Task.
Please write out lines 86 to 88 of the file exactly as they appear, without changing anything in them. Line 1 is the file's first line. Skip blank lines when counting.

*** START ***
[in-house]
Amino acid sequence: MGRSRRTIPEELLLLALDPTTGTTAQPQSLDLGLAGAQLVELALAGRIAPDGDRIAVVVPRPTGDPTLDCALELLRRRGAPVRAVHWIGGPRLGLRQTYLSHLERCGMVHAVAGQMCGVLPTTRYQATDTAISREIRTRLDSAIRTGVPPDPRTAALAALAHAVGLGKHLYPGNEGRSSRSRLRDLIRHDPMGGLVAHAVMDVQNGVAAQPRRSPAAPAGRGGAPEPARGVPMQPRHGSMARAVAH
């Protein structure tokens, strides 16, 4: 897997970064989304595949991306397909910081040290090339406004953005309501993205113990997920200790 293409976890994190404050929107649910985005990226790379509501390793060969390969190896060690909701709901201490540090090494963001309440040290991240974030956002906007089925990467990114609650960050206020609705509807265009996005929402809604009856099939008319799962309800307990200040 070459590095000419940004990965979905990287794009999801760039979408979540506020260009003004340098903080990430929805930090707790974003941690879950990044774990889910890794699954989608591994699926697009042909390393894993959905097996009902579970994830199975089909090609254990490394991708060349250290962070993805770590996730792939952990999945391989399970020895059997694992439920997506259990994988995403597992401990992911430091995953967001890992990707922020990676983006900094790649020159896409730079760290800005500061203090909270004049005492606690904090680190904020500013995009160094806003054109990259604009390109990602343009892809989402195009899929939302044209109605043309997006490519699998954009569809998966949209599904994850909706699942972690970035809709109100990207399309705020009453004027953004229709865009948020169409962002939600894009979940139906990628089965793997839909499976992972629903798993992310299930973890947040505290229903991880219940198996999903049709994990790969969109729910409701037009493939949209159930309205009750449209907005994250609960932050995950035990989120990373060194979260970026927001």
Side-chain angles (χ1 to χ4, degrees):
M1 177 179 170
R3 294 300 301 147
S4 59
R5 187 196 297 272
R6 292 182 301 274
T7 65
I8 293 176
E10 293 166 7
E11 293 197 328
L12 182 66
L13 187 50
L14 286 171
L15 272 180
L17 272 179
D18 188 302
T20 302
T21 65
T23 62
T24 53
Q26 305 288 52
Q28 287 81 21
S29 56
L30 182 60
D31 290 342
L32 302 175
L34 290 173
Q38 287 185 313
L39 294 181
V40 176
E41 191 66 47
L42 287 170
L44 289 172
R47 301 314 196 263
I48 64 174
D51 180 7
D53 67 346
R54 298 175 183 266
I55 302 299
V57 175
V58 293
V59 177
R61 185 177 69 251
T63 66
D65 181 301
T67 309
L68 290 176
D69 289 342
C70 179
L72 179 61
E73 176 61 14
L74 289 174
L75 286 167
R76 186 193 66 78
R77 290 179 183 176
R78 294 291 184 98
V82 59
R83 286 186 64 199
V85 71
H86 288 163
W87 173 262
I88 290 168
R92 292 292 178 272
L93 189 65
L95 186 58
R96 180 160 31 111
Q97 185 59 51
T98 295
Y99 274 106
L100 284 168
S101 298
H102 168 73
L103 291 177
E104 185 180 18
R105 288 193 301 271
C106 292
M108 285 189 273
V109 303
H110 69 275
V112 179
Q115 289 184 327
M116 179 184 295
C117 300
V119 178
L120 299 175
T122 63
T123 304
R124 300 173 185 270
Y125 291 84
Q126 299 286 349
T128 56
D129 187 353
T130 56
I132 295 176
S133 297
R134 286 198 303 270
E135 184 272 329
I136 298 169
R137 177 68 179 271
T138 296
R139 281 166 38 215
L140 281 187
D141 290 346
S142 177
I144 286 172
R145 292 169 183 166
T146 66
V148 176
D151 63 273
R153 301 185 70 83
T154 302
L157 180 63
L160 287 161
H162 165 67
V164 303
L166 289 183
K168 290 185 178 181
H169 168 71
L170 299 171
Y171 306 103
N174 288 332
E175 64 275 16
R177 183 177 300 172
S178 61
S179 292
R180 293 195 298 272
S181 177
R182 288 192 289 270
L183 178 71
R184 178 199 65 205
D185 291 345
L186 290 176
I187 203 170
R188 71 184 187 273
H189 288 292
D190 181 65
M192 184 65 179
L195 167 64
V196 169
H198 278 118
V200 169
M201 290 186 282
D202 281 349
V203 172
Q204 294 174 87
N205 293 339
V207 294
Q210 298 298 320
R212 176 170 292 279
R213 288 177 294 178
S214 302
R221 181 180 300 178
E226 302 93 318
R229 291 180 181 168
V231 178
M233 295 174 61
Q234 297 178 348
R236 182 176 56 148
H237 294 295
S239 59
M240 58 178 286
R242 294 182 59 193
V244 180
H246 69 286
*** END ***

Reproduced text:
C117 300
V119 178
L120 299 175